Time Effectiveness — Prioritizing Your Time
Do you feel like there’s just never enough time to get your work done?
Do you feel overwhelmed by all your commitments and wonder how you’ll ever fit them all in?
We know from personal experience that it can be very stressful when you’re trying to manage your time between running a business and family commitments but this is not a permanent situation if you learn to take control!
The first step on managing your time and priorities is to recognize that you are in charge of your time and daily activities. So when you say you don’t have time to get that task completed, what you are really saying is “I choose not to get that task right now because other things are more important to me.”
Top tips for managing both your time and priorities.
Each of these methods can assist you in getting closer to your goal of becoming more effective with your time:
1. Learn to work with your biological clock
Each individual has a peak time of day when their energy is at its highest and concentration at its best. Determine which time of day is your peak performance time and plan your work accordingly. Keep meetings and routine tasks for other parts of the day when you have the choice. What part of the day is best for you to do a task which takes real concentration?
2. Learn to say “no”
It is not that saying the word is so difficult. It is more the feeling of guilt that many people experience as soon as they use the word. Try focusing on the important things that will get done because you used that two letter word to decline something which was not a part of your priorities. Looking at your past week, what are some things you should have said “no”?
3. Control the inputs into your life.
By this we mean removing distractions when you want to get down to work – just because someone requests your time, it doesn’t mean you have to give an immediate response. Most people would be surprised if someone reached in their wallet without asking and helped themselves to the money in there. But how different is that from letting others help themselves to your time? Take ownership of your own time and do not allow others to make commitments of your time without your permission. It is not selfish to keep others from squandering your time. Give your time freely when you want but don’t make the mistake of undervaluing this resource, or feeling guilty when you do not allow others to waste it. Think of a time recently when someone wasted your time. How could you have handled the situation better?
4. Protect your blocks
Think of your day as several large blocks of time (the morning block, afternoon block, after-dinner block) with the blocks separated by natural interruptions. Where you have control, keep your blocks whole, scheduling appointments and meetings, running errands at the beginning or end of a block rather than in the middle. Having an appointment in the middle of a block leaves little time at either end to tackle a major piece of work. Keeping your blocks of time as large as possible gives you a sense of having more available time.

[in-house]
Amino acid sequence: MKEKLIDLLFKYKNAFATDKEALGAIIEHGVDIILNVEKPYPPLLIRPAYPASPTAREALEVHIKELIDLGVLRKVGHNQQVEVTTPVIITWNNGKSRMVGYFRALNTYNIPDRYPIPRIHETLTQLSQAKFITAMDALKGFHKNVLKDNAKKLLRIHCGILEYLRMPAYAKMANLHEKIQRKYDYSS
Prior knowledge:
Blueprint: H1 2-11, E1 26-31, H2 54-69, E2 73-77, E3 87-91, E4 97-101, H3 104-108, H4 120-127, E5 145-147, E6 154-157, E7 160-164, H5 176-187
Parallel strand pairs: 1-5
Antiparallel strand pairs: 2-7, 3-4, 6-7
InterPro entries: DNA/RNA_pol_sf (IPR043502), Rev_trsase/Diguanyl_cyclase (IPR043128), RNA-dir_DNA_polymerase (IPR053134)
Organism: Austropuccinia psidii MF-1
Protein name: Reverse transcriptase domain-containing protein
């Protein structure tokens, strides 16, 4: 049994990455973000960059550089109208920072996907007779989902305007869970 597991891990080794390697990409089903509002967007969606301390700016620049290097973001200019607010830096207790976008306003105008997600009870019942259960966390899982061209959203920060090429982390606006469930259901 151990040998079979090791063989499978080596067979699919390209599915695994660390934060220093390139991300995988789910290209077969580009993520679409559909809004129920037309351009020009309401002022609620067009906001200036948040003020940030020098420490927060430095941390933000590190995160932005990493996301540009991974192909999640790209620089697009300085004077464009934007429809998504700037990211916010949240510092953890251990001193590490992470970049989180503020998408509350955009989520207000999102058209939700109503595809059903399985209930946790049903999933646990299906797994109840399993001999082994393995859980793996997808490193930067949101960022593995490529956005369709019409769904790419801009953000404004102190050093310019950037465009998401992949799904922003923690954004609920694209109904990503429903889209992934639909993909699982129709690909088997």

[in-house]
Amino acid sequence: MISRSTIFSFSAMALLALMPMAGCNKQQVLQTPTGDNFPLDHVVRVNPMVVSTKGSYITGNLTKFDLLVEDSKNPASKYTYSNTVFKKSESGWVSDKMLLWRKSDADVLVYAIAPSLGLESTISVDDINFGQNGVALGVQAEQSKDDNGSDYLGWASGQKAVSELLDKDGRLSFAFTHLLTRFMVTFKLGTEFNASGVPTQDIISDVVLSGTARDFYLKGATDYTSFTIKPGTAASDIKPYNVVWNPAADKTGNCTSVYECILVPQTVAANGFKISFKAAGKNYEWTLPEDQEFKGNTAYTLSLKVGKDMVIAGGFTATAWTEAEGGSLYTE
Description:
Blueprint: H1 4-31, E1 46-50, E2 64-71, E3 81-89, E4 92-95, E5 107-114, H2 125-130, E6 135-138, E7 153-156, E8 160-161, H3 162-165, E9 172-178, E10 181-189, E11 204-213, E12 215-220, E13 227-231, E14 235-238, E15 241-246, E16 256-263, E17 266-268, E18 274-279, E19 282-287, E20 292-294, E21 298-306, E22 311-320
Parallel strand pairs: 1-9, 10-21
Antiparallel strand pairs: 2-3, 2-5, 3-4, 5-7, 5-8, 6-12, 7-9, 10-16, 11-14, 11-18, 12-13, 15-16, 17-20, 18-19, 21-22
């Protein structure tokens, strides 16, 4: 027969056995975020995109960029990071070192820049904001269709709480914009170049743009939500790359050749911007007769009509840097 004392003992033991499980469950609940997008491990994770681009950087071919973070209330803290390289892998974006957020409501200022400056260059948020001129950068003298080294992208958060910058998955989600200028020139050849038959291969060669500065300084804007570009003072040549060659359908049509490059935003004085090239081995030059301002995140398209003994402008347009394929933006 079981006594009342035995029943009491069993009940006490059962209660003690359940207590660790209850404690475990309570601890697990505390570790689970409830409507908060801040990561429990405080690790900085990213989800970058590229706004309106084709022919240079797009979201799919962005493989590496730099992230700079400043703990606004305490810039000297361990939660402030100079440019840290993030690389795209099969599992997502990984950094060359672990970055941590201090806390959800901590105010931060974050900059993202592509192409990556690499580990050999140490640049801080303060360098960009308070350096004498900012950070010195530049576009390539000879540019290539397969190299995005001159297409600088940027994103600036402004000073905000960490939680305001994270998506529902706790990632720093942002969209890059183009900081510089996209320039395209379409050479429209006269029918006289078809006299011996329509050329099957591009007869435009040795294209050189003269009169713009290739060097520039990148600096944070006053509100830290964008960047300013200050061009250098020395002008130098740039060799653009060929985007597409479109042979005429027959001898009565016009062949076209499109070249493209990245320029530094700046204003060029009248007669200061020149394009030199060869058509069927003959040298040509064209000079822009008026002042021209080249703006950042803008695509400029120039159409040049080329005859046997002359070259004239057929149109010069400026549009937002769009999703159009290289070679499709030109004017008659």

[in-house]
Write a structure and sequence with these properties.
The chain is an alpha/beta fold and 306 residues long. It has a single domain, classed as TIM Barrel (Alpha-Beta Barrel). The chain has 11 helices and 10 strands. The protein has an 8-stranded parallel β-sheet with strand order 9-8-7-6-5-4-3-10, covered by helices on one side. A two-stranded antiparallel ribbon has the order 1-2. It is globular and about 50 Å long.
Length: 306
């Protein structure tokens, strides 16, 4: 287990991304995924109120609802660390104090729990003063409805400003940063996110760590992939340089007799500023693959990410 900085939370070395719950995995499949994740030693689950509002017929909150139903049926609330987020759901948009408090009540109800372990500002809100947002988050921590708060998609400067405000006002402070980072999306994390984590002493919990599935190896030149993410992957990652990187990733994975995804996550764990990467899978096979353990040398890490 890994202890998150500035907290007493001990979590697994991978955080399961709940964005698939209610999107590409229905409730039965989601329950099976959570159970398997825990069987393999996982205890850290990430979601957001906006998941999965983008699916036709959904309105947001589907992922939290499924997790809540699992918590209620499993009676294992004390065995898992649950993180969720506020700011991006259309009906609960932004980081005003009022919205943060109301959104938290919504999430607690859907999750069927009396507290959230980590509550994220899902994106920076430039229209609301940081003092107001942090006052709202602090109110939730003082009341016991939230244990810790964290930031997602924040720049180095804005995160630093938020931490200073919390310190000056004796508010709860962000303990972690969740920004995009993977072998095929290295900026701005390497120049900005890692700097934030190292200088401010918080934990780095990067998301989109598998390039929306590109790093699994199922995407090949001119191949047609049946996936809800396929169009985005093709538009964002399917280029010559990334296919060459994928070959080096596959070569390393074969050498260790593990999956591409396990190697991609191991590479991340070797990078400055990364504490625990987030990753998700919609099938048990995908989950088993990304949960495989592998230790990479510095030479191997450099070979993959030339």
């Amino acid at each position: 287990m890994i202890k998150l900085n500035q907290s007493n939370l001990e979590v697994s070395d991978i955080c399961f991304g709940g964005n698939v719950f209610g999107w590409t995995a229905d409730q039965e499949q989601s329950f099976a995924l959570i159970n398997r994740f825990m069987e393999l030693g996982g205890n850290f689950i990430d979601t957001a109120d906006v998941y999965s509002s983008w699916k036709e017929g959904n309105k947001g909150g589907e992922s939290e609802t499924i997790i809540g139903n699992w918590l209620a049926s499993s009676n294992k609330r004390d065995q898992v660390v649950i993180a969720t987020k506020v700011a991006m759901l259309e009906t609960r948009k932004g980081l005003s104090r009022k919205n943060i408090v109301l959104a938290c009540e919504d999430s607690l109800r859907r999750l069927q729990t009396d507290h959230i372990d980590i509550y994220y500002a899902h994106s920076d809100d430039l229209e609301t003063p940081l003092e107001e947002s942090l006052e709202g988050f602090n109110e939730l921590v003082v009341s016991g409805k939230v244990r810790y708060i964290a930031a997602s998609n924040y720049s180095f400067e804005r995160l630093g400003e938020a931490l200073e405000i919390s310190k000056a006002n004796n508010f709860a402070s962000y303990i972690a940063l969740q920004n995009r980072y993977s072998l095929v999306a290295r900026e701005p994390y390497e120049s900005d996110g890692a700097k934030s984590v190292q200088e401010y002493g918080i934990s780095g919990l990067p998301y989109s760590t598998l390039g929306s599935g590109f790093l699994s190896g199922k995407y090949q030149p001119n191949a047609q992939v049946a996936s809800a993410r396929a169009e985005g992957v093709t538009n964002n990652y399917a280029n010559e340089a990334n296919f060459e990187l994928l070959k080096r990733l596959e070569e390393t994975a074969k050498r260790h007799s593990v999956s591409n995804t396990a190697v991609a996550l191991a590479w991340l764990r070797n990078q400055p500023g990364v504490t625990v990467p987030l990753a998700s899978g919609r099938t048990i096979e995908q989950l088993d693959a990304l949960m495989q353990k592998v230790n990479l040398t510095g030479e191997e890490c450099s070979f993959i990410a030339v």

Delegating means assigning the responsibility for a task (not just the work) to someone else. That means you no longer have to do the job, nor do you have to remind someone else to do it. Being able to delegate some tasks is a way of freeing up some of your time for the jobs that only you can do. You may have to use your standard shifting skill when you delegate. As someone else learns to do a task, do not be tempted to take over if they are not doing it quite right. You have to learn that “done” may be “good enough.”
6. Think in terms of buying time
There is an intimate relationship between time and money, where one can often be substituted for the other. The more hectic your schedule, the more reasonable it is to buy time by selecting goods and services that save you from investing time. Paying someone to mow your yard or clean your house are examples of purchasing time. What are some of the other ways you can or do buy some time?
7. Break down large jobs into manageable pieces
One of the sources of procrastination is that some tasks can seem too overwhelming to even begin. Learn to break down a large task into manageable pieces and then begin with a piece you know you can handle. The most challenging step on major undertakings is often the first one. Besides, you will have a greater sense of satisfaction as you complete each individual portion of the task, and this can keep you motivated to the end. Think of a major task you have ahead of you. How could you break it down into manageable pieces?
8. Reward yourself
Celebrate when a major task is completed or a major challenge is met. One of the problems with a hectic schedule is that you can be so busy that you fail to notice the completion of a major piece of work. You just move on to the next job without celebrating your previous success. This failure leads to focusing on what is still left undone instead of enjoying what has already been accomplished. Set up a reward system for yourself that serves as both a motivator to get certain difficult tasks done and an acknowledgment that you are making effective use of your time. Be it a bubble bath, two chapters in your new book, or a phone call to a friend, acknowledge your accomplishment by rewarding yourself.
It’s important not to beat yourself up. Time management and prioritizing is hard and it is not something you are expected to master overnight. You’ll find that you get much better at prioritizing and managing your time with experience.
But if you want to speed the process up and make your life a whole lot easier right now, try seeking help from a business coach who has been on the path you are following and can guide you step by step along the way.